A recent search of a database that tracks clinical trials found more than 1900 studies using mRNA at various phases. The studies cover treatments for a wide range of diseases, such as respiratory diseases, different types of cancer, herpes, metabolic syndromes, kidney diseases, heart diseases, and even obesity.12
RNA-based medicines, vaccines and other therapies are very promising healthcare technologies because they are cost-effective, relatively simple to manufacture, and can target diseases and conditions once thought untreatable through conventional approaches.
Pfizer and BioNTech — two companies that were among the first to develop effective mRNA COVID-19 vaccines — are exploring RNA therapies for other conditions that affect large numbers
Pfizer is working to develop a treatment against seasonal flu,13 whereas BioNTech is developing individualized therapies for specific tumors to teach the body to fight off advanced cancer.14
Recently, a team at Yale patented an RNA-based technology to vaccinate against malaria while another team of Yale researchers developed a novel lab-stage mRNA vaccine that protected guinea pigs from Lyme disease and other tick-borne diseases.15,16,17
RNA-based therapies are also providing potential opportunities for new breakthroughs for HIV vaccines. An experimental HIV vaccine using mRNA technology was found to be safe and reduced the risk of HIV-like infection
Beyond developing in vivo RNA treatments, researchers are also exploring new methods for genome engineering, genetic reprogramming, T-cell and dendritic cell-based immunotherapies using mRNA ex vivo.
These cutting-edge approaches are being researched for treating cancer and infectious diseases, rare and cardiometabolic conditions, and the production of on-demand personalized vaccines.19,20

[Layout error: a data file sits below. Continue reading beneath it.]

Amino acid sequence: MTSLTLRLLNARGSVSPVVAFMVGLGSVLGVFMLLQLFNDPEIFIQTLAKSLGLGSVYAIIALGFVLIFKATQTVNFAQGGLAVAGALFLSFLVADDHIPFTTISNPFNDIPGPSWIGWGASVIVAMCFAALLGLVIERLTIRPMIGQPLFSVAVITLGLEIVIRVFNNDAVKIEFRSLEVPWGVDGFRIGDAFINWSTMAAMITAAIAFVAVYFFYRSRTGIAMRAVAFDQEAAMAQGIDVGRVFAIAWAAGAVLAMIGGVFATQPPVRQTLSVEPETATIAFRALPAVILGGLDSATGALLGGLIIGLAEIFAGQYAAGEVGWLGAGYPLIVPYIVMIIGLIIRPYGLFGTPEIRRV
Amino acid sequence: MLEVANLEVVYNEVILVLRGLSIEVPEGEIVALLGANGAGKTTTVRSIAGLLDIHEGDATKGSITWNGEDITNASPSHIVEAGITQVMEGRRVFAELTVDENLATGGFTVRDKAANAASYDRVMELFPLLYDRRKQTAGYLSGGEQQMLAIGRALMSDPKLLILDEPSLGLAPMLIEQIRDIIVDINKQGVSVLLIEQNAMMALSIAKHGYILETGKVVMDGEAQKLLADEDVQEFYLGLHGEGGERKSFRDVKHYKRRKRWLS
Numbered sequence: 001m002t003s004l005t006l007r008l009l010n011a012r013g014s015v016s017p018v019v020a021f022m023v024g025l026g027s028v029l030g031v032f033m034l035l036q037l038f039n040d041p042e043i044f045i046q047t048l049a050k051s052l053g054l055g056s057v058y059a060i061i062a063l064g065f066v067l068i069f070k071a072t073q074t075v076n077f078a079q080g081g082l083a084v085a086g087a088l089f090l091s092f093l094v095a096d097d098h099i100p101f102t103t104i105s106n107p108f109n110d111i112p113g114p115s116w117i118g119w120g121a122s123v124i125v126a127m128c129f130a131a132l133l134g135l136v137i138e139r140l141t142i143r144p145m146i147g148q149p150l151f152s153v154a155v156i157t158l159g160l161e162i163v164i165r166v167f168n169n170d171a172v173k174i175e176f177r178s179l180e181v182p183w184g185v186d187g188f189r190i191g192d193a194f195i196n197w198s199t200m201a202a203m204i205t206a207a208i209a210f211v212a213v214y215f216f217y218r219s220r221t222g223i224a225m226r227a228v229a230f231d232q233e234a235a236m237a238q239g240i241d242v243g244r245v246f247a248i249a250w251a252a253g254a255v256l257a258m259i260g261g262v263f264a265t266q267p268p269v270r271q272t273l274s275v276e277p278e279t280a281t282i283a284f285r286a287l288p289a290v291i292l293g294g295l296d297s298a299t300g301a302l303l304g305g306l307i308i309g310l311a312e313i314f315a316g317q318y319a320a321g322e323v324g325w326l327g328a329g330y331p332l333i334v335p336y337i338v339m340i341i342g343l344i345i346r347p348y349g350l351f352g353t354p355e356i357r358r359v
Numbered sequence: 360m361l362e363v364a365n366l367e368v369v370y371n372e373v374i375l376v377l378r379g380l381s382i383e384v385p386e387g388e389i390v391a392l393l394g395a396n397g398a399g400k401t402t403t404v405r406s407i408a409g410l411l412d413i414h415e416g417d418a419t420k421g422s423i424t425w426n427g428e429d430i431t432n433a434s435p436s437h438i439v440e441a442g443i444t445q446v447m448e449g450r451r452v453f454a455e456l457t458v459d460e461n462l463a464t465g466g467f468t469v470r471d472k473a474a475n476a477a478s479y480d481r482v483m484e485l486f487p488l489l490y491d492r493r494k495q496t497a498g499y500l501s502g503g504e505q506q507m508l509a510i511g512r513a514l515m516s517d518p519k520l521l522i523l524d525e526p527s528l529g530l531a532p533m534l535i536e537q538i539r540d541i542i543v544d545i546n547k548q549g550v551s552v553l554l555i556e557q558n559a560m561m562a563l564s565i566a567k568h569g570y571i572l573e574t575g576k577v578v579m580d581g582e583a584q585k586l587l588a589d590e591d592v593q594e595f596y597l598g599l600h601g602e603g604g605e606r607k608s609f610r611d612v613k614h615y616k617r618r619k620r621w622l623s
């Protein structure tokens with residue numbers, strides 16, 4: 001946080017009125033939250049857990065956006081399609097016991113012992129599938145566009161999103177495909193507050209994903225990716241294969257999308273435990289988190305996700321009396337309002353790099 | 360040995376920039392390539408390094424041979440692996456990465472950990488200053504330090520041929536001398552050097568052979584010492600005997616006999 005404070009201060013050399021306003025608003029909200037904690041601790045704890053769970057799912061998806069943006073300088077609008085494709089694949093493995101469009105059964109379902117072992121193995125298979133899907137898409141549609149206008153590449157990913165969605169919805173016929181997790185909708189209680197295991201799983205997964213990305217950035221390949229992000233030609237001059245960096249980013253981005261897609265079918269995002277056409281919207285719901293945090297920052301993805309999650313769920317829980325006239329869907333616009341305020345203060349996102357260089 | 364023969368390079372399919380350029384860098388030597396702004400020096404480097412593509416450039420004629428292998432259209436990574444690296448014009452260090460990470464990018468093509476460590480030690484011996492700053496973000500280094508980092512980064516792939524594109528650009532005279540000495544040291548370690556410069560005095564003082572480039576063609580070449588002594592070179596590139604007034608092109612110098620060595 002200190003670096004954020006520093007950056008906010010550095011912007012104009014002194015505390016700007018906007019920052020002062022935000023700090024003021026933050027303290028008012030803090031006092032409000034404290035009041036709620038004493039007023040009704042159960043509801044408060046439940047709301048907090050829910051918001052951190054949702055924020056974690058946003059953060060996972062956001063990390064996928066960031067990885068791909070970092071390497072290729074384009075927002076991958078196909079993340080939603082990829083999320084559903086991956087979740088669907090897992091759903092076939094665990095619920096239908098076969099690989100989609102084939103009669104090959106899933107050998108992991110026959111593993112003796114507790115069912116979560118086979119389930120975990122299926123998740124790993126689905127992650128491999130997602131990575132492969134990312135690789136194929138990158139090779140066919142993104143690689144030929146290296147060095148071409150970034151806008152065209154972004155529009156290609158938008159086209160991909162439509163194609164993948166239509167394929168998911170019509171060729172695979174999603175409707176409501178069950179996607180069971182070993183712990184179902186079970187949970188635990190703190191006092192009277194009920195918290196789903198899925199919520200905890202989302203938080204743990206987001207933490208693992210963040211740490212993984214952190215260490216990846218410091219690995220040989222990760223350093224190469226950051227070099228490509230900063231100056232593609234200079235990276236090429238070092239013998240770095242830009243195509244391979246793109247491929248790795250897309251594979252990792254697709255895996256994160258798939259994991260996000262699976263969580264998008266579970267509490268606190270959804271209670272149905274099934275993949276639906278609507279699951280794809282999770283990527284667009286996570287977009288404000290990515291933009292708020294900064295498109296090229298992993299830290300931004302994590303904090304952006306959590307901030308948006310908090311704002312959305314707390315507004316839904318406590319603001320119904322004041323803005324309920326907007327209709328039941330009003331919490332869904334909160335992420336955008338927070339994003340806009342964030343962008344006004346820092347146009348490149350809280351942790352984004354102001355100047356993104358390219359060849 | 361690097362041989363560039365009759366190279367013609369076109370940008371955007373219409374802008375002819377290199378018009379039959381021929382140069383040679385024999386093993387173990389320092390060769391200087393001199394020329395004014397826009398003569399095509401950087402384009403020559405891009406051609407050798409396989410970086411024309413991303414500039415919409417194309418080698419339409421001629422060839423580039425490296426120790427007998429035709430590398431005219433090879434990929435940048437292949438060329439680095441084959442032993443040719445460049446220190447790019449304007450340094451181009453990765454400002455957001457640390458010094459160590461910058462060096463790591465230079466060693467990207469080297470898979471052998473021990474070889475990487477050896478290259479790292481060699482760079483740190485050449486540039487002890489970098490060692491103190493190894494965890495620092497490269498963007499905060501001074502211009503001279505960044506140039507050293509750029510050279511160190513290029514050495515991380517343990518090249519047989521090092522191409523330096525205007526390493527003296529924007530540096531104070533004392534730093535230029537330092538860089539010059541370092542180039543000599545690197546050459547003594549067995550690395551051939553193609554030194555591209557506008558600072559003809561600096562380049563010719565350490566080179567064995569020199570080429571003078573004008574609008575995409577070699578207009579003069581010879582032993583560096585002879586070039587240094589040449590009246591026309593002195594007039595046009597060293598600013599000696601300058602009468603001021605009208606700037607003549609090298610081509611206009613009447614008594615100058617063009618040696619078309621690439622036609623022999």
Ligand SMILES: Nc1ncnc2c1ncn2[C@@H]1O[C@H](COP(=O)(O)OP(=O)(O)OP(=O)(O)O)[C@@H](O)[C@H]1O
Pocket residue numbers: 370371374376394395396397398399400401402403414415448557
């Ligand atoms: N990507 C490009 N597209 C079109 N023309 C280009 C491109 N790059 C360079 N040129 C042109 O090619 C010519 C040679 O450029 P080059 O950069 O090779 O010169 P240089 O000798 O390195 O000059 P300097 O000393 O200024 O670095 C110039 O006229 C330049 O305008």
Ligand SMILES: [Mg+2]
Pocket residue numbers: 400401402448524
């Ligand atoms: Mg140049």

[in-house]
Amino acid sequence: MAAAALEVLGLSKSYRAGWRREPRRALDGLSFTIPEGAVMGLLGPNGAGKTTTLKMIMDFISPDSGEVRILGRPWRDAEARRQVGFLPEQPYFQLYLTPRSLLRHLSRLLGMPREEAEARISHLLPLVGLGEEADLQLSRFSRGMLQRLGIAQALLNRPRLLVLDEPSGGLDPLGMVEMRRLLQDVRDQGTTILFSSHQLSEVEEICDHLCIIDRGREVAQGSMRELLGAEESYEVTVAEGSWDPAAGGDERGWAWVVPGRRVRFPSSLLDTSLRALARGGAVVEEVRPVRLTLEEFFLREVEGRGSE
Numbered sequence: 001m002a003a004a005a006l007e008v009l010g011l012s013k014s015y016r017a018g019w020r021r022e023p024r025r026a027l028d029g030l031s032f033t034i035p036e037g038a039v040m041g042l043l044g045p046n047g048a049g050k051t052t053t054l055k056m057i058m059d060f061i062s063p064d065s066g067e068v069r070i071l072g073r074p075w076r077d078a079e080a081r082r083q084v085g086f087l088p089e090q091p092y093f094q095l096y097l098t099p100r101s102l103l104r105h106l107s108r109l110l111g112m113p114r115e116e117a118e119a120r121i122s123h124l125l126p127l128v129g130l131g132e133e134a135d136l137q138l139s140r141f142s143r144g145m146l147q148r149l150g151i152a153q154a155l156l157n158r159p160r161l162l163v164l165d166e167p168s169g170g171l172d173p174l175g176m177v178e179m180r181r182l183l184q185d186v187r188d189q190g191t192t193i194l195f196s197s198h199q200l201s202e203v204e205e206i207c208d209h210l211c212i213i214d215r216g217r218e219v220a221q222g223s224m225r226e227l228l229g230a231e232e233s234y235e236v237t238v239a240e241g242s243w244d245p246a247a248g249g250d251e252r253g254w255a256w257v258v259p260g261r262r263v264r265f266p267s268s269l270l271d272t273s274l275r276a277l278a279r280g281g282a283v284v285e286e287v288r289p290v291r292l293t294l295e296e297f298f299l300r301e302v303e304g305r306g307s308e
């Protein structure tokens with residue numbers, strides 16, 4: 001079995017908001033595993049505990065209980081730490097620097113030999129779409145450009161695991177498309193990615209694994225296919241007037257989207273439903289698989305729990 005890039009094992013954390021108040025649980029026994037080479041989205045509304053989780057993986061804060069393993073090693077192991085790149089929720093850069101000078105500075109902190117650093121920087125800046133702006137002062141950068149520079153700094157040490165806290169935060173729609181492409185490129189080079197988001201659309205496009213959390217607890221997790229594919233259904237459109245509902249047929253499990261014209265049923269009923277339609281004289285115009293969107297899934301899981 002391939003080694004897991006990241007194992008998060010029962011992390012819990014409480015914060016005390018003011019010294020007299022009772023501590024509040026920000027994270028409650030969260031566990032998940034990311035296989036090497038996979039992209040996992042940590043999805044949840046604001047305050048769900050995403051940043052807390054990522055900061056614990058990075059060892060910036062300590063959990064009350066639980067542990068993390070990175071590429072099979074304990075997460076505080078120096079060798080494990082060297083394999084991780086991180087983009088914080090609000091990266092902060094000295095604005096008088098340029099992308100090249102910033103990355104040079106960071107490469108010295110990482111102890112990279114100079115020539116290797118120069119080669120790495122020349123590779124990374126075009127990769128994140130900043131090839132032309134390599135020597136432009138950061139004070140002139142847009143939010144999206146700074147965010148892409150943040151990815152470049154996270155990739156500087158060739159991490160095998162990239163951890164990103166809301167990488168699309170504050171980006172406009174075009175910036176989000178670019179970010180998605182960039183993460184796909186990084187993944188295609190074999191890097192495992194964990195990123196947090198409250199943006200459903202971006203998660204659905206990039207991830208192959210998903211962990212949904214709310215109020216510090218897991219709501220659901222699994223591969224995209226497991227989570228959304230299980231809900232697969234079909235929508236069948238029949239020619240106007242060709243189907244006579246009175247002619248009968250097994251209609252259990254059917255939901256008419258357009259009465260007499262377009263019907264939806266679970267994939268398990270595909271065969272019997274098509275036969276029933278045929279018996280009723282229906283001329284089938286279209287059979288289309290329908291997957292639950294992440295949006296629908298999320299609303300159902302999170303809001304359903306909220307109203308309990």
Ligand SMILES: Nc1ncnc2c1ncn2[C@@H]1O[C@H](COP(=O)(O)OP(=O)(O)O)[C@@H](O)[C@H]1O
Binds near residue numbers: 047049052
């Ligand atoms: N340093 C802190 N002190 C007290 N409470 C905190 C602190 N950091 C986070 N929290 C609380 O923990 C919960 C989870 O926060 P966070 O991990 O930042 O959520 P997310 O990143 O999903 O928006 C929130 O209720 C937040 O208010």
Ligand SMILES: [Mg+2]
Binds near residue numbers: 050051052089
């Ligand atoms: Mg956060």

From seasonal flu and Lyme disease to cancer and HIV vaccines, RNA-based therapies are undoubtedly launching a new period of healthcare breakthroughs.
Nuclear Precision Health Solutions and Radiomics
Nuclear medicines are specialized treatments containing radioisotopes intended to be used for diagnostics and therapeutic purposes, according to the World Health Organization.21 The acceptance & adoption of nuclear medicine has been driven by demands for higher detection accuracy, improved detection speed and a desire to deliver an elevated patient experience.22
As a result of the growing demand, the global nuclear medicine market size is expected to reach US$12.17 billion by 2028.23 While smaller than other sub-sectors in the pharmaceutical industry, nuclear medicine represents a promising way forward in the detection and treatment of diseases.
Nuclear medicine enables doctors to diagnose diseases and tumors or recurrence, radiation planning, localization, and track treatment progress.24